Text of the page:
'ReVista' Features Beth Rhyne on the 'Bolivian Model' of Microfinance

> Posted by Center Staff
ReVista: Harvard Review of Latin America has just released an issue that maps out Bolivia’s changing social, political, cultural, and economic landscape.
CFI Managing Director Beth Rhyne’s article “Microfinance: A World-Class Performance” takes readers on a tour of the “Bolivian model” of microfinance, which has “led to the transformation of dozens of MFIs around the world, launching the expansion of microfinance from a few tiny, donor-driven programs to a global industry that today brings access to financial services to 150 million people.”
Rhyne’s analysis begins:
When I first saw the photos of the sacking of BancoSol, I cried. The slide show began with chaotic pictures of the mob hauling desks, computers and files into the street and setting them on fire. Next were two captured looters lying face down and handcuffed amid the wreckage of what hours before had been a functioning bank branch. Finally, next-day photographs documented the ravaged premises of BansoSol’s branches all over La Paz and El Alto.
Thinking back to 2003 when these events occurred, I ask three questions. Why did protestors ransack a socially motivated bank that lends to the poor? Why did that make me cry? And what has become of BancoSol and the rest of the microfinance sector since then?
Development economist Claudio González-Vega once said of microfinance in Bolivia, “One could not write the recent economic history of Bolivia without highlighting microfinance, and one could not write the world history of microfinance without highlighting Bolivia.” (Boulder Finance Institute presentation, July 2007). Microfinance is one of Bolivia’s best claims to a world-class performance. It started in the late 1980s when idealistic Bolivian social activists created a series of microfinance institutions (MFIs). They found a ready market for small loans among Bolivia’s enormous informal sector, dominated by Aymara-speaking microentrepreneurs. The need, the services and the culture somehow clicked, and these MFIs quickly grew into leaders in the emerging global microfinance sector.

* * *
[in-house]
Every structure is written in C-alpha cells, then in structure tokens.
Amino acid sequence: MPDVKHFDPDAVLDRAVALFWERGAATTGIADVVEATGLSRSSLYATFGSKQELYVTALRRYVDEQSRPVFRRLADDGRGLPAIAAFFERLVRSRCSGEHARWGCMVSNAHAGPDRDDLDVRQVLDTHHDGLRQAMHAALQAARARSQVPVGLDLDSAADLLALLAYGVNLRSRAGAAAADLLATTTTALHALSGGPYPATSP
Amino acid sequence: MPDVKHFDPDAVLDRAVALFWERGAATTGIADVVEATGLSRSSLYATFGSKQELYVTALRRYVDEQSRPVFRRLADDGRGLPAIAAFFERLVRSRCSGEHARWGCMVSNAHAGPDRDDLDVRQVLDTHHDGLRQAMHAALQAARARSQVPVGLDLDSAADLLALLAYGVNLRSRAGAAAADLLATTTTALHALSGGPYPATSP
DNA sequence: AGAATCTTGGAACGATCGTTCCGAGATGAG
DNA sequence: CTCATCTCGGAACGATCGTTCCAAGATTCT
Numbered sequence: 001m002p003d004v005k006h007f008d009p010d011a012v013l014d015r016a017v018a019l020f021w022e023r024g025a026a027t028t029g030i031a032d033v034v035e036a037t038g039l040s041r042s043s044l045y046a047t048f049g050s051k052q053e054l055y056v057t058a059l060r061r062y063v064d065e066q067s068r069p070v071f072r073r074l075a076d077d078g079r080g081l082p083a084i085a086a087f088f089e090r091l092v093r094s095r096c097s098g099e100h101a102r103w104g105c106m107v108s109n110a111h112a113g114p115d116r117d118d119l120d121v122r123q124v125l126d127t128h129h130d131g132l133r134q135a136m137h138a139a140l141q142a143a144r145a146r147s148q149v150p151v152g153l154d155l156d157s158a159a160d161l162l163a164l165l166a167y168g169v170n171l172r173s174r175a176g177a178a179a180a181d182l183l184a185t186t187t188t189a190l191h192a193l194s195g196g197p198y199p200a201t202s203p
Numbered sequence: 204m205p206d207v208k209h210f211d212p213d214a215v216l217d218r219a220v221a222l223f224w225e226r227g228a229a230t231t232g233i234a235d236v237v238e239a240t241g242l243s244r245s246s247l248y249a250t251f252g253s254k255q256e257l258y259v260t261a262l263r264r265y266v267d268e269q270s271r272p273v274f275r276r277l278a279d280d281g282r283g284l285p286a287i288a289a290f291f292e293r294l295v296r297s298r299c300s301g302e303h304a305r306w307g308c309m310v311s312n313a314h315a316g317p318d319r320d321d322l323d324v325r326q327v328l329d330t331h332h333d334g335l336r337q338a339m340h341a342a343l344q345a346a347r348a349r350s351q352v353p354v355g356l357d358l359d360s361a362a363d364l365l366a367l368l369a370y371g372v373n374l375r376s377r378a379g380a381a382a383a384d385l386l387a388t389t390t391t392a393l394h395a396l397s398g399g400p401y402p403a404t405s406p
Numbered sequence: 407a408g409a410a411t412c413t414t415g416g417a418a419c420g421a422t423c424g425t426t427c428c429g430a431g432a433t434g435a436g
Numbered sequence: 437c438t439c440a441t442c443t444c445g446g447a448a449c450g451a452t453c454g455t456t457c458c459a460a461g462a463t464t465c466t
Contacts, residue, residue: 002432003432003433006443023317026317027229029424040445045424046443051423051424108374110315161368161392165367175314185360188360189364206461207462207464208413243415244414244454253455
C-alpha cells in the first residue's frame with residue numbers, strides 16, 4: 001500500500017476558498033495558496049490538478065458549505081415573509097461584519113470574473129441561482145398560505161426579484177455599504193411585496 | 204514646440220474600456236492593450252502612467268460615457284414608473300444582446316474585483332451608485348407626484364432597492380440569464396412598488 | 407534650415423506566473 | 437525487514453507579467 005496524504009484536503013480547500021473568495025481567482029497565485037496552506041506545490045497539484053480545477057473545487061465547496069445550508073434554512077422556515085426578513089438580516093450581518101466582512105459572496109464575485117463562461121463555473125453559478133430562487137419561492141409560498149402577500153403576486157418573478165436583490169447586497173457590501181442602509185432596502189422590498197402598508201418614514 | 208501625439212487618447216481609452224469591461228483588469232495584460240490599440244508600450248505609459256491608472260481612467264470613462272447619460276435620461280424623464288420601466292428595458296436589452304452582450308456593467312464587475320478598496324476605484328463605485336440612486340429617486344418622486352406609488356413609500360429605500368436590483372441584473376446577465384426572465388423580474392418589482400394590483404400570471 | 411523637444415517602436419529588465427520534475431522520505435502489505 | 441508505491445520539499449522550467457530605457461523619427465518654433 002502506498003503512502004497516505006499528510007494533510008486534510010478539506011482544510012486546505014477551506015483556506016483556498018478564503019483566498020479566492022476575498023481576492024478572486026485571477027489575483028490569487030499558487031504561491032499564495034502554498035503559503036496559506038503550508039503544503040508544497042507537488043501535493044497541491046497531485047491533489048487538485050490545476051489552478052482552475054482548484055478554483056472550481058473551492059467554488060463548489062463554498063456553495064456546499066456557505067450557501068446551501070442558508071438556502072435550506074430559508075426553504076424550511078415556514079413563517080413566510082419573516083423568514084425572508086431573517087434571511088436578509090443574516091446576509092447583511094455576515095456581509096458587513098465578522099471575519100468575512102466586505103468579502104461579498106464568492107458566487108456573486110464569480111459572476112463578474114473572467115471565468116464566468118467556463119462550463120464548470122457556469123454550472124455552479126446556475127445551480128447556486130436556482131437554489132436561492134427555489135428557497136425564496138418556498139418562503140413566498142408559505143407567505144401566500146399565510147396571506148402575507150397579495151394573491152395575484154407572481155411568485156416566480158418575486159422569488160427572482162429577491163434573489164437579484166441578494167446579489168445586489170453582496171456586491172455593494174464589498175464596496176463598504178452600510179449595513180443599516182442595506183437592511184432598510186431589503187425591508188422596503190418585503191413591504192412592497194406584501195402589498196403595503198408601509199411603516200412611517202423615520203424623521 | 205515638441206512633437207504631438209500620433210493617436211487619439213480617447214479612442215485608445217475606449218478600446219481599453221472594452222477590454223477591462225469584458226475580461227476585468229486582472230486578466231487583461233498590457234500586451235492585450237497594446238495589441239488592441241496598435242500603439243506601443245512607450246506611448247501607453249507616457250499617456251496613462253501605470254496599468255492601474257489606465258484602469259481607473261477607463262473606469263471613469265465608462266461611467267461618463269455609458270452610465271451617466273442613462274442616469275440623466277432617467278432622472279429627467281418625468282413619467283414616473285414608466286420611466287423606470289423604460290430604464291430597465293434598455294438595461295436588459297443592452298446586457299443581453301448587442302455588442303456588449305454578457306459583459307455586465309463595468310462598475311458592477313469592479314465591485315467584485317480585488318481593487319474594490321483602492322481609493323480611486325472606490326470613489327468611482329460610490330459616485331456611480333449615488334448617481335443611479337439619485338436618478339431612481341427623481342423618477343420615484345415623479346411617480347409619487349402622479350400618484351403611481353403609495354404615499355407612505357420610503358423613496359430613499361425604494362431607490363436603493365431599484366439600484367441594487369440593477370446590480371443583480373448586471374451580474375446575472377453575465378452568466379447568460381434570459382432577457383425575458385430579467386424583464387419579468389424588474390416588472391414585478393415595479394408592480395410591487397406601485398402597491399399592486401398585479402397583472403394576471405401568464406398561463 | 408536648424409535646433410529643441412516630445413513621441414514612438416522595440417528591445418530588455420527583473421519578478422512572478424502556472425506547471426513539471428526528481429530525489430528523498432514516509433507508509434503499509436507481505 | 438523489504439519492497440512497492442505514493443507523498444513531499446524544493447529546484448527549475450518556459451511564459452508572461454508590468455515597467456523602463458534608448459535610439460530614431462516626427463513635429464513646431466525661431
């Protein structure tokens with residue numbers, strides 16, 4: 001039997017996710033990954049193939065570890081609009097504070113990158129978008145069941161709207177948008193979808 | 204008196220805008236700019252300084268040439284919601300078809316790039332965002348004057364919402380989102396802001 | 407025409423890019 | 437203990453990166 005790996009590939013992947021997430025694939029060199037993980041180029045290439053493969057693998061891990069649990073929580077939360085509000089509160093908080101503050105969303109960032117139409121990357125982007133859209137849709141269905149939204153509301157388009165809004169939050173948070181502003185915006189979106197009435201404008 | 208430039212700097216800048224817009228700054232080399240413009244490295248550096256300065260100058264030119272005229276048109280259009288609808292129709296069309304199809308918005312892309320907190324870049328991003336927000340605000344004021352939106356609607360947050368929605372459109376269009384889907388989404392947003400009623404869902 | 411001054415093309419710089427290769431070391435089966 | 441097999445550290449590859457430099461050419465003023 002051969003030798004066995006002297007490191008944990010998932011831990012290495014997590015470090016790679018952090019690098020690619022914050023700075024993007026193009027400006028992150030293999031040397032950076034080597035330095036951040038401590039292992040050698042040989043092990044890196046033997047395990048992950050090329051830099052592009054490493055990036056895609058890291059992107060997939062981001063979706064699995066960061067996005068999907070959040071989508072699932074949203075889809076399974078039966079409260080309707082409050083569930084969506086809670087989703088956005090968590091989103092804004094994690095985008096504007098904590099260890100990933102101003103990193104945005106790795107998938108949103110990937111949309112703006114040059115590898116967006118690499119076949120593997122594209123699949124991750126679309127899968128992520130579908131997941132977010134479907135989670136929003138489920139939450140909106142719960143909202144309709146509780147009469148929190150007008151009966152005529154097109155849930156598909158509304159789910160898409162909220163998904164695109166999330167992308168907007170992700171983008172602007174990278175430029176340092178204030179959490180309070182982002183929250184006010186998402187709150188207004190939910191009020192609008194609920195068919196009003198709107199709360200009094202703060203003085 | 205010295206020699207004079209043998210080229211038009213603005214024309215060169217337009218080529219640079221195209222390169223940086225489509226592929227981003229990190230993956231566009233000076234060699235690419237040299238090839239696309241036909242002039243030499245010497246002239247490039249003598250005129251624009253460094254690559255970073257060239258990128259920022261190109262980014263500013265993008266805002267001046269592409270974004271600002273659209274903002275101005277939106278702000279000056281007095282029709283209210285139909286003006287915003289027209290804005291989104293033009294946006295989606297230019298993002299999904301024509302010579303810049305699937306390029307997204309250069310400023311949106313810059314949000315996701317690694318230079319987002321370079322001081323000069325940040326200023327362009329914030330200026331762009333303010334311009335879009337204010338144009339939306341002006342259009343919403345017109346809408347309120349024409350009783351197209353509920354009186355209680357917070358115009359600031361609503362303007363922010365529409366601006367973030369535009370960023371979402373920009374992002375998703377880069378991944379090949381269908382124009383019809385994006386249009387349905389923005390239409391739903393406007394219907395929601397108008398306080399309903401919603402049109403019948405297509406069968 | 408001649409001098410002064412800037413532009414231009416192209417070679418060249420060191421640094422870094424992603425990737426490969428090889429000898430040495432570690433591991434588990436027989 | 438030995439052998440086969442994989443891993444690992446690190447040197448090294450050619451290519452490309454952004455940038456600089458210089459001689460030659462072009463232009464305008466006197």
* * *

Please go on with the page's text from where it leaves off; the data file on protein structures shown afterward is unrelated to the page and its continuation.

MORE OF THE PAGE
Please click the link to read the rest of “Microfinance: A World-Class Performance.”
ReVista, published three times yearly, focuses on different themes related to Latin America, Latinos/as, and the Iberian peninsula. The magazine-length publication brings together different voices on each theme, highlighting the work of Harvard faculty, students, alumni and visiting scholars.
Harvard’s David Rockefeller Center for Latin American Studies is ReVista‘s parent institution. The publication’s creators “hope to foster cooperation and understanding among the people of the Americas [and] seeks to contribute to democracy, social progress and sustainable development and to stimulate dialogue on these issues.”
Have you read?
The Center’s Best-Kept Secret: The Country-by-Country Client Protection Library (Featuring Bolivia)
A Tale of Microfinance in Two Cities
Pilar Ramírez, Microfinance Trailblazer
‘Weathering the Storm’ and Learning from Latin America’s Experiences
Microfinance
A World-Class Performance
By Elisabeth Rhyne
When I first saw the photos of the sack ing of BancoSol, I cried. The slide show began with chaotic pictures of the mob hauling desks, computers and files into the street and setting them on fire. Next were two captured looters lying face down and handcuffed amid the wreckage of what hours before had been a functioning bank branch. Finally, next-day photographs documented the ravaged premises of BansoSol’s branches all over La Paz and El Alto.
Thinking back to 2003 when these events occurred, I ask three questions. Why did protestors ransack a socially motivated bank that lends to the poor? Why did that make me cry? And what has become of BancoSol and the rest of the microfinance sector since then?
Development economist Claudio González-Vega once said of microfinance in Bolivia, “One could not write the recent economic history of Bolivia without highlighting microfinance, and one could not write the world history of microfinance without highlighting Bolivia.” (Boulder Finance Institute presentation, July 2007). Microfinance is one of Bolivia’s best claims to a world-class performance. It started in the late 1980s when idealistic Bolivian social activists created a series of microfinance institutions (MFIs). They found a ready market for small loans among Bolivia’s enormous informal sector, dominated by Aymara-speaking microentrepreneurs. The need, the services and the culture somehow clicked, and these MFIs quickly grew into leaders in the emerging global microfinance sector.

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